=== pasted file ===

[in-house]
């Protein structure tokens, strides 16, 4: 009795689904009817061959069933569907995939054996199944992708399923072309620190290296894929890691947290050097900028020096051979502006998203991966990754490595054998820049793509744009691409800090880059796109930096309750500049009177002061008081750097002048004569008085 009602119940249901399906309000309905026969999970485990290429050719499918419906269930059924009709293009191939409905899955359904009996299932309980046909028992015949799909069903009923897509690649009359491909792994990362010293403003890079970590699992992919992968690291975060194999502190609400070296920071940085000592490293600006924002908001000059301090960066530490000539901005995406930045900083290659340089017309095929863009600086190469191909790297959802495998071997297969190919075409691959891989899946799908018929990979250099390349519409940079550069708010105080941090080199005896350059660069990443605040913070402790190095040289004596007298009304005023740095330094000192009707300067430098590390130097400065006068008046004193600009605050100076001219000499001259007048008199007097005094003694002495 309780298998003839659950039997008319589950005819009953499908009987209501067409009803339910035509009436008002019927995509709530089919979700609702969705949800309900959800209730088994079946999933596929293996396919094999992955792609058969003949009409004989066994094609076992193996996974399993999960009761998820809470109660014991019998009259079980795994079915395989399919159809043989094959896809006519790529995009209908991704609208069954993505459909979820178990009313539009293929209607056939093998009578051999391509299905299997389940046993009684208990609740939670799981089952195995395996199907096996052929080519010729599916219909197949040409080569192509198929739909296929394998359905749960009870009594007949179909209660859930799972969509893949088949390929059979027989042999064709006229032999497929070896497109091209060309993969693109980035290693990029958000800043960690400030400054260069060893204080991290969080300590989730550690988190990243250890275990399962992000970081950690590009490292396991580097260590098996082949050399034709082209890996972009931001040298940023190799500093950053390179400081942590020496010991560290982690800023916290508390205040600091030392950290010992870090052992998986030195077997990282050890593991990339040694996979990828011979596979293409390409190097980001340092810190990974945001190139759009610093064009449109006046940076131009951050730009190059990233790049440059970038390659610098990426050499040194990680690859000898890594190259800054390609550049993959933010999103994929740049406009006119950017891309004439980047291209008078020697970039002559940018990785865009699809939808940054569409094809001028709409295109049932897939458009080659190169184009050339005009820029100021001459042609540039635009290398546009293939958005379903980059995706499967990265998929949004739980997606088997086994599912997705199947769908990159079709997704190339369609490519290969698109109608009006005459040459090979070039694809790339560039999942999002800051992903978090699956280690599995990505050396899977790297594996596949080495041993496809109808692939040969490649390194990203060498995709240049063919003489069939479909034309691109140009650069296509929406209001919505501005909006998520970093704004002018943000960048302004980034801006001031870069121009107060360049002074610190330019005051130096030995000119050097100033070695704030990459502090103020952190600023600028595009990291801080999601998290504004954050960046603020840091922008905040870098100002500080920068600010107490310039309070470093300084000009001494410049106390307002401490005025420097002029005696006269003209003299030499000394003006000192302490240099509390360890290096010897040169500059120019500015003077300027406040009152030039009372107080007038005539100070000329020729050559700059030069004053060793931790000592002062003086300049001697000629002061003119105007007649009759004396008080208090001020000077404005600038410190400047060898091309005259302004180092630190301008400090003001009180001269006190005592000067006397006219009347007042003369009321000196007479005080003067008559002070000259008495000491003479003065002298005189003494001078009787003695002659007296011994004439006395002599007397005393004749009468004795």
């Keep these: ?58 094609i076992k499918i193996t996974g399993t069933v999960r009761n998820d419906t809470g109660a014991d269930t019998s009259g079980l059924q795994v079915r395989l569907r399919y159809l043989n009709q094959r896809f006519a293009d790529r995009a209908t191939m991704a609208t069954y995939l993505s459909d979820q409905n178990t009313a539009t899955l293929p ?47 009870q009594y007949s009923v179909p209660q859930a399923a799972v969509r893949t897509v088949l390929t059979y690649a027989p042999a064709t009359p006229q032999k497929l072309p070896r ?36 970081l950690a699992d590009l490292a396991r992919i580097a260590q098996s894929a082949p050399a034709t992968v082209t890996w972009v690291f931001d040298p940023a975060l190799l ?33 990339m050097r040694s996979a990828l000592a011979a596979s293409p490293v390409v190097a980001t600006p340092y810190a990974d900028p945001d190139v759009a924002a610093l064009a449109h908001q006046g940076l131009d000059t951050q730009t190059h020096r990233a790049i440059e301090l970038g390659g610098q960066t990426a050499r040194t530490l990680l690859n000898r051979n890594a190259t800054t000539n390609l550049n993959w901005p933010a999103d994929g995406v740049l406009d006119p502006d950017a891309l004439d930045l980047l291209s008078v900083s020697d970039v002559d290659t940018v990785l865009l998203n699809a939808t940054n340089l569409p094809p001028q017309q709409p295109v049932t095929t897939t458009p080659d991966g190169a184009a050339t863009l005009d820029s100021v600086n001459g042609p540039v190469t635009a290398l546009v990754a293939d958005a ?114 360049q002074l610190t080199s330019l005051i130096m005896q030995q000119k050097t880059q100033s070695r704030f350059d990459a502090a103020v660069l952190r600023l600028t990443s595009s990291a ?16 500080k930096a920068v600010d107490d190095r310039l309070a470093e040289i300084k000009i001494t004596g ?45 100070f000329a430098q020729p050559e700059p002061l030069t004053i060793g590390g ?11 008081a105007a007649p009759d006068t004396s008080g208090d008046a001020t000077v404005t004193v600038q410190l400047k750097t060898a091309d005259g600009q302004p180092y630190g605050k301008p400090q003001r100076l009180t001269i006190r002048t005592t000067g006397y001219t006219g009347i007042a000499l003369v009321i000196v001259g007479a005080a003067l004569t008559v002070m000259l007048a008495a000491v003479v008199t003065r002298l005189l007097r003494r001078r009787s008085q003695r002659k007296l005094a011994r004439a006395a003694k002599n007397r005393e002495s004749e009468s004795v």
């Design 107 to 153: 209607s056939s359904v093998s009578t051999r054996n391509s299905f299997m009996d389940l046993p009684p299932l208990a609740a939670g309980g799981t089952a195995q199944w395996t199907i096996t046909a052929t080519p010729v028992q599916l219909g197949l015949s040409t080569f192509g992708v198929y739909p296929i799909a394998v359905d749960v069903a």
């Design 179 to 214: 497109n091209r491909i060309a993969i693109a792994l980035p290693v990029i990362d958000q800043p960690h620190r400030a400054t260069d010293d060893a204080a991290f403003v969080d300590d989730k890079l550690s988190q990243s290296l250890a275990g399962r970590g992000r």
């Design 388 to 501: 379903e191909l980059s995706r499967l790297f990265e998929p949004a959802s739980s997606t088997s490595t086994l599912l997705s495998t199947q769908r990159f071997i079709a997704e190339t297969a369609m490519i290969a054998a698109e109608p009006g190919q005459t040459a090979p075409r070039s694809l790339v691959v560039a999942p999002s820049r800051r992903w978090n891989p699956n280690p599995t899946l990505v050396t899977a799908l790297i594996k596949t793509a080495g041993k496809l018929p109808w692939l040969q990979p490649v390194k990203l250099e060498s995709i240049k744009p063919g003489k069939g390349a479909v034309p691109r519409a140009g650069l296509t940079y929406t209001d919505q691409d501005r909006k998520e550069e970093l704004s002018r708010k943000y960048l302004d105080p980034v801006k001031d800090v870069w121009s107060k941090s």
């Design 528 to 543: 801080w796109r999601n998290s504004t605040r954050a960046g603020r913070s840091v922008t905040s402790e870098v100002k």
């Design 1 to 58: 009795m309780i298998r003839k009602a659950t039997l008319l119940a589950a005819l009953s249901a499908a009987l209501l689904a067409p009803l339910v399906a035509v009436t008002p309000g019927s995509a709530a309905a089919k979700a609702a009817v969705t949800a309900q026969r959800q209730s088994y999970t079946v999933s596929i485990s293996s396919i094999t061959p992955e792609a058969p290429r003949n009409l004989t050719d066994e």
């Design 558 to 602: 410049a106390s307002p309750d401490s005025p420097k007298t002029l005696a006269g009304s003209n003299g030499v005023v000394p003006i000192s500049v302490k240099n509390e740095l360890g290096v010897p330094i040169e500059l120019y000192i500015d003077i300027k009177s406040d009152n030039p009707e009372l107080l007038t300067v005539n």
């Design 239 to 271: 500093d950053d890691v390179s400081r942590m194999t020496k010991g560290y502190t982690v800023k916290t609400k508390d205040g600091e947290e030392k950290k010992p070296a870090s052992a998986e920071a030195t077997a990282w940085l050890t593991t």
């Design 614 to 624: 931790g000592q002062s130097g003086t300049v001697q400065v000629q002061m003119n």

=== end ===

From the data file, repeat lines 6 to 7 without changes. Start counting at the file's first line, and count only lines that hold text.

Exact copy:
């Design 388 to 501: 379903e191909l980059s995706r499967l790297f990265e998929p949004a959802s739980s997606t088997s490595t086994l599912l997705s495998t199947q769908r990159f071997i079709a997704e190339t297969a369609m490519i290969a054998a698109e109608p009006g190919q005459t040459a090979p075409r070039s694809l790339v691959v560039a999942p999002s820049r800051r992903w978090n891989p699956n280690p599995t899946l990505v050396t899977a799908l790297i594996k596949t793509a080495g041993k496809l018929p109808w692939l040969q990979p490649v390194k990203l250099e060498s995709i240049k744009p063919g003489k069939g390349a479909v034309p691109r519409a140009g650069l296509t940079y929406t209001d919505q691409d501005r909006k998520e550069e970093l704004s002018r708010k943000y960048l302004d105080p980034v801006k001031d800090v870069w121009s107060k941090s």
């Design 528 to 543: 801080w796109r999601n998290s504004t605040r954050a960046g603020r913070s840091v922008t905040s402790e870098v100002k």